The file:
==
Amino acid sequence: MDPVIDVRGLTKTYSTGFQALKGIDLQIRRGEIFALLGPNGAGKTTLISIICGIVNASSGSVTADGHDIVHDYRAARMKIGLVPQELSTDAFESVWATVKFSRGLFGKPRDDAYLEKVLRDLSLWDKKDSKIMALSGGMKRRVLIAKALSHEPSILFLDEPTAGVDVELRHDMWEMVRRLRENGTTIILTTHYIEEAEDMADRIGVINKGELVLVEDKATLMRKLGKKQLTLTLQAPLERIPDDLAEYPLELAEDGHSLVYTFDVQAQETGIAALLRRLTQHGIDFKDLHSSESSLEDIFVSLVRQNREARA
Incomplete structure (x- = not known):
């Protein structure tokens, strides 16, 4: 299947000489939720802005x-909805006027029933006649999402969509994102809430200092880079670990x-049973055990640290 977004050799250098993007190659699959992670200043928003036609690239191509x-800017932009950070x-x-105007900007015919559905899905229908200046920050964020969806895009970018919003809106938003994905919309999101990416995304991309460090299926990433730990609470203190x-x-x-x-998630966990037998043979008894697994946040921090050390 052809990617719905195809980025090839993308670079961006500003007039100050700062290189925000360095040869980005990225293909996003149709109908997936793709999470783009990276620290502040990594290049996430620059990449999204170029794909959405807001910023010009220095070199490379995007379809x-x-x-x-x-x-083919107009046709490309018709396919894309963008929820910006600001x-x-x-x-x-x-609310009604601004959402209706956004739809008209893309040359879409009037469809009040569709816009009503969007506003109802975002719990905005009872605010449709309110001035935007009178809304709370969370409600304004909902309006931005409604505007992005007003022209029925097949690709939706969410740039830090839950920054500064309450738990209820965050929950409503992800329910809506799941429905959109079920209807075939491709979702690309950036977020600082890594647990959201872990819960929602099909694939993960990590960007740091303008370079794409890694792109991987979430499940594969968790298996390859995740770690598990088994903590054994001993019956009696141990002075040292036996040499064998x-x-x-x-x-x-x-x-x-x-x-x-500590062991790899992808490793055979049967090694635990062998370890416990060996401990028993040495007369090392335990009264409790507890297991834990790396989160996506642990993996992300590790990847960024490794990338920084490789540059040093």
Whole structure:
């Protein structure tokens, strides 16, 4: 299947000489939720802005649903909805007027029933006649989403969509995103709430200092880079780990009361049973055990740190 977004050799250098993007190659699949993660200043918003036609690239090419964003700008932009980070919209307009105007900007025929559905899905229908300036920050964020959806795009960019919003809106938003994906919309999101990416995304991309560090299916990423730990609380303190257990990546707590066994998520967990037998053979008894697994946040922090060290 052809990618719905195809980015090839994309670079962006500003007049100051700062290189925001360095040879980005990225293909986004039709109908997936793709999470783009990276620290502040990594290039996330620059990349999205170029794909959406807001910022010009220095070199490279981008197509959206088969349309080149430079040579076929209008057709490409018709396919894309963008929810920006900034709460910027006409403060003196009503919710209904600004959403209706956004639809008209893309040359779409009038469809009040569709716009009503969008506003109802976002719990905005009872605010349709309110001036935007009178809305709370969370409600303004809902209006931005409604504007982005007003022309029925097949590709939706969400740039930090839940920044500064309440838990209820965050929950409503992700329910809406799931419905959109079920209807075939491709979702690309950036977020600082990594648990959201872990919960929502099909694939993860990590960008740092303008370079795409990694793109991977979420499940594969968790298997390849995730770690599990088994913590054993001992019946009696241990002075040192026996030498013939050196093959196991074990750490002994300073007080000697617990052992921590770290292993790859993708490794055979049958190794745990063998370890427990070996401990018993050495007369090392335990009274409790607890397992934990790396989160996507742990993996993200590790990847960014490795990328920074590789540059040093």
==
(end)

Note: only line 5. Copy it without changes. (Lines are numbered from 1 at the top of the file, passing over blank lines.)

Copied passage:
């Protein structure tokens, strides 16, 4: 299947000489939720802005649903909805007027029933006649989403969509995103709430200092880079780990009361049973055990740190 977004050799250098993007190659699949993660200043918003036609690239090419964003700008932009980070919209307009105007900007025929559905899905229908300036920050964020959806795009960019919003809106938003994906919309999101990416995304991309560090299916990423730990609380303190257990990546707590066994998520967990037998053979008894697994946040922090060290 052809990618719905195809980015090839994309670079962006500003007049100051700062290189925001360095040879980005990225293909986004039709109908997936793709999470783009990276620290502040990594290039996330620059990349999205170029794909959406807001910022010009220095070199490279981008197509959206088969349309080149430079040579076929209008057709490409018709396919894309963008929810920006900034709460910027006409403060003196009503919710209904600004959403209706956004639809008209893309040359779409009038469809009040569709716009009503969008506003109802976002719990905005009872605010349709309110001036935007009178809305709370969370409600303004809902209006931005409604504007982005007003022309029925097949590709939706969400740039930090839940920044500064309440838990209820965050929950409503992700329910809406799931419905959109079920209807075939491709979702690309950036977020600082990594648990959201872990919960929502099909694939993860990590960008740092303008370079795409990694793109991977979420499940594969968790298997390849995730770690599990088994913590054993001992019946009696241990002075040192026996030498013939050196093959196991074990750490002994300073007080000697617990052992921590770290292993790859993708490794055979049958190794745990063998370890427990070996401990018993050495007369090392335990009274409790607890397992934990790396989160996507742990993996993200590790990847960014490795990328920074590789540059040093």